28. Reference was made in argument to four instances in which there had been a departure from the ordinary rules of procedural fairness in Northern Ireland:
(1) The Northern Ireland (Sentences) Act 1998 provided for prisoners serving sentences for scheduled offences to apply to Sentence Review Commissioners for early release if they were able to meet certain statutory conditions. By Schedule 2 to the Act the Secretary of State was empowered to make rules which might, among other things, provide for the withholding of evidence about a prisoner, the holding of hearings in the absence of the prisoner and his legal representative and the appointment of a person to represent the prisoner when he and his representative were excluded. Schedule 2 came into force on 28 July 1998 and on 30 July the Secretary of State, acting under the authority of Schedule 2, made the Northern Ireland (Sentences) Act 1998 (Sentence Review Commissioners) Rules 1998 (SI 1998/1859), which contained more detailed provisions to the same effect. Information could be withheld from the prisoner and his representative as a safeguard against dangers which included not only threats to national security but also adverse effects on the health, welfare or safety of any person.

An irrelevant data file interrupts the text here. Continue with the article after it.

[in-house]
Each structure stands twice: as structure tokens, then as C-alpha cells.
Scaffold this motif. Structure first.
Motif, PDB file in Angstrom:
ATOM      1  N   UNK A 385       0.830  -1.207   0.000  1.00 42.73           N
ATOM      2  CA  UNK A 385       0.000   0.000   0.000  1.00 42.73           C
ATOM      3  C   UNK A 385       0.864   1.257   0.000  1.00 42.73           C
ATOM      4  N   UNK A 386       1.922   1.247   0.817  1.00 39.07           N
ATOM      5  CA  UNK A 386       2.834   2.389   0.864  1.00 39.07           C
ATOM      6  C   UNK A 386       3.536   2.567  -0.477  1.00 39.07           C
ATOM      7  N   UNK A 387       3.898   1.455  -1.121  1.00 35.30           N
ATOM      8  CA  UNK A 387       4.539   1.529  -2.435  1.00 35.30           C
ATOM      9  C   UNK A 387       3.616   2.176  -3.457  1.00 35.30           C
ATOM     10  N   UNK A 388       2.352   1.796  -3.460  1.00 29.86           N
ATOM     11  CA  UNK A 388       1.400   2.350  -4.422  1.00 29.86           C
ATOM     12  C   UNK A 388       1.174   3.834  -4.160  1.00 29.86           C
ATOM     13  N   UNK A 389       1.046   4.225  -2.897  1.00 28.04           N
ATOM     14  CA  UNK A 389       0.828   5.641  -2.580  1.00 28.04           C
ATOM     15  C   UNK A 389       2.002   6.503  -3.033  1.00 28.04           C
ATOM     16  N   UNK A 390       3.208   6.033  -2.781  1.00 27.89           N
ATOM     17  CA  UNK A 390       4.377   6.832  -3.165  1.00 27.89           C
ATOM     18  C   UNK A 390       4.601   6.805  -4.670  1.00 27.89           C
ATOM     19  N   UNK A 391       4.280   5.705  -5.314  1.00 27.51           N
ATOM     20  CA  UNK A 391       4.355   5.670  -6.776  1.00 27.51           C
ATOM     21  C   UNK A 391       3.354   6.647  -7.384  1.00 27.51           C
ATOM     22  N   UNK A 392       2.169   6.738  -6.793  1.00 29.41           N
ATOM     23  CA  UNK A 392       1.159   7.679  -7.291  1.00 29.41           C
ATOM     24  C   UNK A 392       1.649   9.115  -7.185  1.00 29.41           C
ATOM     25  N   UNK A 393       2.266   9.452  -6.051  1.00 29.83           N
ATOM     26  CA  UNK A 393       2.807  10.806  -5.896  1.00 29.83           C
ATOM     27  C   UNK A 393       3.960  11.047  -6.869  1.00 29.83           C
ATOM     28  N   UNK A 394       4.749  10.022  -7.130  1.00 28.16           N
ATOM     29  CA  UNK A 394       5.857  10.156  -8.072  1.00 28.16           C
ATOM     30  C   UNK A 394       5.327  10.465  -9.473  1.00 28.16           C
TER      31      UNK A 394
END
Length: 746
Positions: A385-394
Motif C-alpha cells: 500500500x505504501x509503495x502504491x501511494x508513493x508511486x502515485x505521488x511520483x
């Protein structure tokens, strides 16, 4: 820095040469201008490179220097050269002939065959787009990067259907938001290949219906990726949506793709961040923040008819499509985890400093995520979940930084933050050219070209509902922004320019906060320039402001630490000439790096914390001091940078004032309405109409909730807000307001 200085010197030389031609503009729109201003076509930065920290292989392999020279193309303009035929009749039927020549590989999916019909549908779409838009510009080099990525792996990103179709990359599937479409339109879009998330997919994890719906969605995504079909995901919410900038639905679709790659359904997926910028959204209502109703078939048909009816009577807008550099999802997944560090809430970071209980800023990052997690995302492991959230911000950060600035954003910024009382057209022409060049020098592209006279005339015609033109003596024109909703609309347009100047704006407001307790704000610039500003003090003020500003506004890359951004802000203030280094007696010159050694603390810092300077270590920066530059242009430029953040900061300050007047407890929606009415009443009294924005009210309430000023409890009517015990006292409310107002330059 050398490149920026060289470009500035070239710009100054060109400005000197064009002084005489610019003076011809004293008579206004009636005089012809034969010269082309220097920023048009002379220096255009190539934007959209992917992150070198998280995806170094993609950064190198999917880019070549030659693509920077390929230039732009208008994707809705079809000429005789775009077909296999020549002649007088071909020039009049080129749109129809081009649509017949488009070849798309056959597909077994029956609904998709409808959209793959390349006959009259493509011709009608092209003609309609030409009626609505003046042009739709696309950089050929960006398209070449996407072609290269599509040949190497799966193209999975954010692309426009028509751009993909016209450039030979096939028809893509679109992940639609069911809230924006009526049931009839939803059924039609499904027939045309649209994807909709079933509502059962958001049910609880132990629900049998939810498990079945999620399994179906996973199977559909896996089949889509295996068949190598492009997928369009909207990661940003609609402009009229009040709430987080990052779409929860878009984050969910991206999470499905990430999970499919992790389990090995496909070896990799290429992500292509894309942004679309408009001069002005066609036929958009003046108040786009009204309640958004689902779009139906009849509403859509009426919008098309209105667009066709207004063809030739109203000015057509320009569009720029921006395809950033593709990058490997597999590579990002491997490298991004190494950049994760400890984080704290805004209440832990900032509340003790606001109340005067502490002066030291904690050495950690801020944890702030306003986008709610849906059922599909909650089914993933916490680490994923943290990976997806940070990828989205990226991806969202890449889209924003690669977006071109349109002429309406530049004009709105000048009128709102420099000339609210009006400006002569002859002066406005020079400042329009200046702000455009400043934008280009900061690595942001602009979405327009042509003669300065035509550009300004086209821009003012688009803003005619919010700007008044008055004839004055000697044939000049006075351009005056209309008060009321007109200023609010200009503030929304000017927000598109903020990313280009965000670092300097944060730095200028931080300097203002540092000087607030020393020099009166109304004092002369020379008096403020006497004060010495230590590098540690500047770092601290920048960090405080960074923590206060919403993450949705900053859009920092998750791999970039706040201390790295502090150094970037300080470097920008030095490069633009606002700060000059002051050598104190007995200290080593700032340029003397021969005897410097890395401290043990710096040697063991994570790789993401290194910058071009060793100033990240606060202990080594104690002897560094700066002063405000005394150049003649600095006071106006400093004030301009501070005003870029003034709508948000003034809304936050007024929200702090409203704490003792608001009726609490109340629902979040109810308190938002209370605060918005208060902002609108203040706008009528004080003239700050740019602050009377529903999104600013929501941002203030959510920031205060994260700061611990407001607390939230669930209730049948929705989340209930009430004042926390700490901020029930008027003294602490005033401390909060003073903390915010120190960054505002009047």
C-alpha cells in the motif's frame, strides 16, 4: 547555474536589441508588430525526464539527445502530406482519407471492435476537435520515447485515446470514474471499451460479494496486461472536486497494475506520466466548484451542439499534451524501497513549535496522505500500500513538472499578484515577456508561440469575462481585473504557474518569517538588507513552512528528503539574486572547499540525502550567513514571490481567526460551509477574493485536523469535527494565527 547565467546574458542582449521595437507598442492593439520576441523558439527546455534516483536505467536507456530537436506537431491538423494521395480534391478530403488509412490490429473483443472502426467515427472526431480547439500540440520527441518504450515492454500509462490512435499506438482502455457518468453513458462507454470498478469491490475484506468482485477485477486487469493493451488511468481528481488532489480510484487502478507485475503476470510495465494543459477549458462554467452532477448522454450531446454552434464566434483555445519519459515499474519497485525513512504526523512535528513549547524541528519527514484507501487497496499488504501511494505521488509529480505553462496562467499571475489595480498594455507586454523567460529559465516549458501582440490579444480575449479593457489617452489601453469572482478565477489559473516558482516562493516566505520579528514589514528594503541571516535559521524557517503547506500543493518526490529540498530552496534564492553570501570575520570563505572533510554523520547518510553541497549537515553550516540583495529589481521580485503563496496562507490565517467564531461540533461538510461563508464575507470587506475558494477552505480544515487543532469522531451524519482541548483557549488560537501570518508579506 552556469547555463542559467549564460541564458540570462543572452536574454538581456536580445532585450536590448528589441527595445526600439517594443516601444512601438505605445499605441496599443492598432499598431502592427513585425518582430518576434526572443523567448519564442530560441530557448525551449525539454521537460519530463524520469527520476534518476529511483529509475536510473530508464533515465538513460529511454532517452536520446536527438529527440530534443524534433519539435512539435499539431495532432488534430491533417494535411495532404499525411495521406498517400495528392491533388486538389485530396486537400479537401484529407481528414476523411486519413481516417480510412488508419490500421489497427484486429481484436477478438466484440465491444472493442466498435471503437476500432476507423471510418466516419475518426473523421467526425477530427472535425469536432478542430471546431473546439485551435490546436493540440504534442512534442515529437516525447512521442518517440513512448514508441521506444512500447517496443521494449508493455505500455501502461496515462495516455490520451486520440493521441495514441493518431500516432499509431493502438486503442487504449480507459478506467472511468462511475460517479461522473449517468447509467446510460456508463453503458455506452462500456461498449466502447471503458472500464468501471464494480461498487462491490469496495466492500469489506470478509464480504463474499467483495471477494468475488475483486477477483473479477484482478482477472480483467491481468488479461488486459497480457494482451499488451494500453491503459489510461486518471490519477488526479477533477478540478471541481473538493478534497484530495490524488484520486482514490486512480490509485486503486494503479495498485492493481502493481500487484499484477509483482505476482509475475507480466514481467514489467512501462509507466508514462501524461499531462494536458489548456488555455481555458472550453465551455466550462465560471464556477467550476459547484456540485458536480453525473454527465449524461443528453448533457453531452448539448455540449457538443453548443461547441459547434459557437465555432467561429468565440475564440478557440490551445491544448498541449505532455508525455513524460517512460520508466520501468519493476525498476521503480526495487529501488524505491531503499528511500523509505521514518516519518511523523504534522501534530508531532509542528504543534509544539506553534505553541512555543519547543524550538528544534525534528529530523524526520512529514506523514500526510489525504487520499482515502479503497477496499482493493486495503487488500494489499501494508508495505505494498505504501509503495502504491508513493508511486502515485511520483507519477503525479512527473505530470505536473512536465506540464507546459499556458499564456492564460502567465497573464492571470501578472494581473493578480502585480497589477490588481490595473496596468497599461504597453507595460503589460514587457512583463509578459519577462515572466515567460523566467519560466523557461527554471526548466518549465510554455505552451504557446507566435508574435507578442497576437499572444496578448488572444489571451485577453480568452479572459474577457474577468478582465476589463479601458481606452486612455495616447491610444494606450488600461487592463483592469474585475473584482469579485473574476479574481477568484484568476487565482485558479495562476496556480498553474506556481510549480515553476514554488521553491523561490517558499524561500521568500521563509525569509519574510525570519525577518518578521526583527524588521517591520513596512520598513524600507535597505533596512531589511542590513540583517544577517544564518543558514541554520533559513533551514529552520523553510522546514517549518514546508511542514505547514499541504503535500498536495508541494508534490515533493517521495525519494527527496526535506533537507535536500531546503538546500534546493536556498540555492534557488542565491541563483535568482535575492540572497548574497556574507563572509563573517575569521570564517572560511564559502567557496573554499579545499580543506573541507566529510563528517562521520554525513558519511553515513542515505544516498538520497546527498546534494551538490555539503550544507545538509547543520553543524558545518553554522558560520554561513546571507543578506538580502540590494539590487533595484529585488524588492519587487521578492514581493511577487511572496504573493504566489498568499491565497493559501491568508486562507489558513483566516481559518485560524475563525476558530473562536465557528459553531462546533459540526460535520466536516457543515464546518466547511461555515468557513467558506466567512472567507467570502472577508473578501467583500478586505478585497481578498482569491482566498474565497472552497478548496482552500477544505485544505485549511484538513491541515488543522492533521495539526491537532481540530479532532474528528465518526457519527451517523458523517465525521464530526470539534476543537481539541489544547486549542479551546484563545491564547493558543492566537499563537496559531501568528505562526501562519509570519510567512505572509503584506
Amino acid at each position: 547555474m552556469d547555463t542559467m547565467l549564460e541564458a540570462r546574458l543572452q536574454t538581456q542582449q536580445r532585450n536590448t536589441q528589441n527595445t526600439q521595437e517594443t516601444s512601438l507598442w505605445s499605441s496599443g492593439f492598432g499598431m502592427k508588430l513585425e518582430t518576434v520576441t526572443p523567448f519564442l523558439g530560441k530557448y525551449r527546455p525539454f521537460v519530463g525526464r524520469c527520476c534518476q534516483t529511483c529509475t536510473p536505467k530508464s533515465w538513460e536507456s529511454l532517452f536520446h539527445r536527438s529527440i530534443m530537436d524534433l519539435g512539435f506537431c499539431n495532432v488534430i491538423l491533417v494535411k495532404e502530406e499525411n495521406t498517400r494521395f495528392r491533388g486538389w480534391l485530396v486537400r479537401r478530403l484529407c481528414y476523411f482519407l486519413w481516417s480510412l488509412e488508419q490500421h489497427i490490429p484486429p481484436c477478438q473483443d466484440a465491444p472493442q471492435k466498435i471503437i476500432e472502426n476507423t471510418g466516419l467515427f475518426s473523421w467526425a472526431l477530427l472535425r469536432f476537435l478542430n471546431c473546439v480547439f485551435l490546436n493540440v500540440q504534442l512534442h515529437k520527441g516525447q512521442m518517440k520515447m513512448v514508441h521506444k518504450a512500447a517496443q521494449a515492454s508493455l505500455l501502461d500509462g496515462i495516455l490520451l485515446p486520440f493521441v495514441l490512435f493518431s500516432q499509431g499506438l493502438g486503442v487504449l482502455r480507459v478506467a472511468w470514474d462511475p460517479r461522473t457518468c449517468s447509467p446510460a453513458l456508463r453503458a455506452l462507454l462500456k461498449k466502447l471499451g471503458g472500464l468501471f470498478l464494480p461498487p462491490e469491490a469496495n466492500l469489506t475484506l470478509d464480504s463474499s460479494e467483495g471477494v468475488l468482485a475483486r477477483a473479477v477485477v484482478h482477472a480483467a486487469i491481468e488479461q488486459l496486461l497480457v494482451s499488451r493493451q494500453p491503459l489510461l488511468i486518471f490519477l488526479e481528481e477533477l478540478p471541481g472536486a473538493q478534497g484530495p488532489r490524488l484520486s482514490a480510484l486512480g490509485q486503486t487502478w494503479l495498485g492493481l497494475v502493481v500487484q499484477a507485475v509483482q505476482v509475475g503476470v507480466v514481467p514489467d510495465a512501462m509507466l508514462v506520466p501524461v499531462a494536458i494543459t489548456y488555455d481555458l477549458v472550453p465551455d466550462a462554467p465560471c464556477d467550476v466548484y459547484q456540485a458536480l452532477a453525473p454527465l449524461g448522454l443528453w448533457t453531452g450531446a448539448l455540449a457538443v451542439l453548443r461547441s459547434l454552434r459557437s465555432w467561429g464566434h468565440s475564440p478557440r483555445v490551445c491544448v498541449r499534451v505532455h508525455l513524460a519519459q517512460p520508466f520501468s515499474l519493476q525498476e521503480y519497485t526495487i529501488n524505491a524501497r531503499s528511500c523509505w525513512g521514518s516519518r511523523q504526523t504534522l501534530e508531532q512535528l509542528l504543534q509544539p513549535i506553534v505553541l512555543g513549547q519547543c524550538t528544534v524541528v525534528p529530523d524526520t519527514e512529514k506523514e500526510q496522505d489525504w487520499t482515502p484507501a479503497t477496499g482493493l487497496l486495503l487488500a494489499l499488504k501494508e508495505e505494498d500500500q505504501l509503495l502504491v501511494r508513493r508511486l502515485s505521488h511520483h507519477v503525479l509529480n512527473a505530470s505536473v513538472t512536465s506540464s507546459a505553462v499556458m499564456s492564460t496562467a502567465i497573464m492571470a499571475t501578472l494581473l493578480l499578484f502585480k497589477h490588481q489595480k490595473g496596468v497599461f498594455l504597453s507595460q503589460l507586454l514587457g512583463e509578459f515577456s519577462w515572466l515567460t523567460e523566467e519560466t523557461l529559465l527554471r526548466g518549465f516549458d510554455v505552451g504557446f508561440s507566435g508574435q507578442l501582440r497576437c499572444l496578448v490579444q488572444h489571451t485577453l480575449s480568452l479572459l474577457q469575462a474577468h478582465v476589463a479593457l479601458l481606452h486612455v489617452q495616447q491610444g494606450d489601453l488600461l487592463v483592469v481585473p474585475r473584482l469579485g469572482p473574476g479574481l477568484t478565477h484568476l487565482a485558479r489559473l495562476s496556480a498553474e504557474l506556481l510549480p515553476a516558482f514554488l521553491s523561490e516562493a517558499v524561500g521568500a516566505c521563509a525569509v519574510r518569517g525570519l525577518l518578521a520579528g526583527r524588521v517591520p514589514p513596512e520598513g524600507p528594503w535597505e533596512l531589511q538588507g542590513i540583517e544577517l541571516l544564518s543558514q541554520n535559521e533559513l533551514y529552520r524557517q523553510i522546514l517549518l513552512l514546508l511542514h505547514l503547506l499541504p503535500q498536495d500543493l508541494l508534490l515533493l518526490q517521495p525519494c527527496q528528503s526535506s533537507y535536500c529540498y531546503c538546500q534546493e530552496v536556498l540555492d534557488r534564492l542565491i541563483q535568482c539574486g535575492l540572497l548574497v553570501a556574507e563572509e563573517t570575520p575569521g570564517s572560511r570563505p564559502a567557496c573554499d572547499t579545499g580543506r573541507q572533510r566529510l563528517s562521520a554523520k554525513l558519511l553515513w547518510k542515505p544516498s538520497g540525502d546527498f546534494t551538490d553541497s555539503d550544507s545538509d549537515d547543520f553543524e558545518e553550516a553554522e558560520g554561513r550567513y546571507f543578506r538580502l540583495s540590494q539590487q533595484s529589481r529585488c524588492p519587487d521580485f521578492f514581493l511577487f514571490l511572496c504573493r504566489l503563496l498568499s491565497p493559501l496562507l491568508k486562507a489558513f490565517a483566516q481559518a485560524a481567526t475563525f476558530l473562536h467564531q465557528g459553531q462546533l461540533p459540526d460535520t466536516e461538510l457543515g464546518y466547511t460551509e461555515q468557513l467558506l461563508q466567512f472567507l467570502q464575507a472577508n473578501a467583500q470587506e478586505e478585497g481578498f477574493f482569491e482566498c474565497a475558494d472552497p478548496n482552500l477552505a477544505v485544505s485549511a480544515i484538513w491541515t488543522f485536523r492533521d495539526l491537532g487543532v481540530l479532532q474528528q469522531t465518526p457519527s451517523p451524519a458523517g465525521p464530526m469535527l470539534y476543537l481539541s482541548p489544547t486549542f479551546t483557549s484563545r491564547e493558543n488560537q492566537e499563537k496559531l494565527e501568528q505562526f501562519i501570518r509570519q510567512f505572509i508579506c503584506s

(2) Section 85(1) of the Northern Ireland Act 1998 empowered Her Majesty by Order in Council to make provision dealing with a number of reserved matters listed in Schedule 3, one of which (para 9(e)) was the treatment of offenders. It was a broad power, extending (section 85(1)(c)) to the amending or repealing of any provision made by or under any Act of Parliament or Northern Ireland legislation. But (section 85(3)) no recommendation might be made to Her Majesty to make an Order in Council under the section unless a draft of the Order had been laid before and approved by resolution of each House of Parliament. In exercise of this power, by the Life Sentences (Northern Ireland) Order 2001 (SI 2001/2564) Her Majesty in Council made provision for the appointment of Life Sentence Review Commissioners to deal with tariff and release decisions. Schedule 2 to the Order empowered the Secretary of State to make procedural rules, subject to annulment by resolution of either House. Such rules might provide for the withholding of evidence from a prisoner (para 3(e)), the conduct of proceedings in the absence of the prisoner and his legal representative (para 6(1)) and the appointment of a person to represent the interests of the prisoner when he and his representative were excluded (para 6(2)). Pursuant to Schedule 2, the Secretary of State made the Life Sentence Review Commissioners' Rules 2001 (SR 2001/317), which provided in rule 10(8) for conducting parts of the hearing in the absence of the prisoner and his legal representative, in rule 15(2) for the withholding from the prisoner and his legal representative of any information certified by the Secretary of State to be confidential, as defined, and in rule 16(2) for the appointment of a special advocate to represent the interests of the prisoner.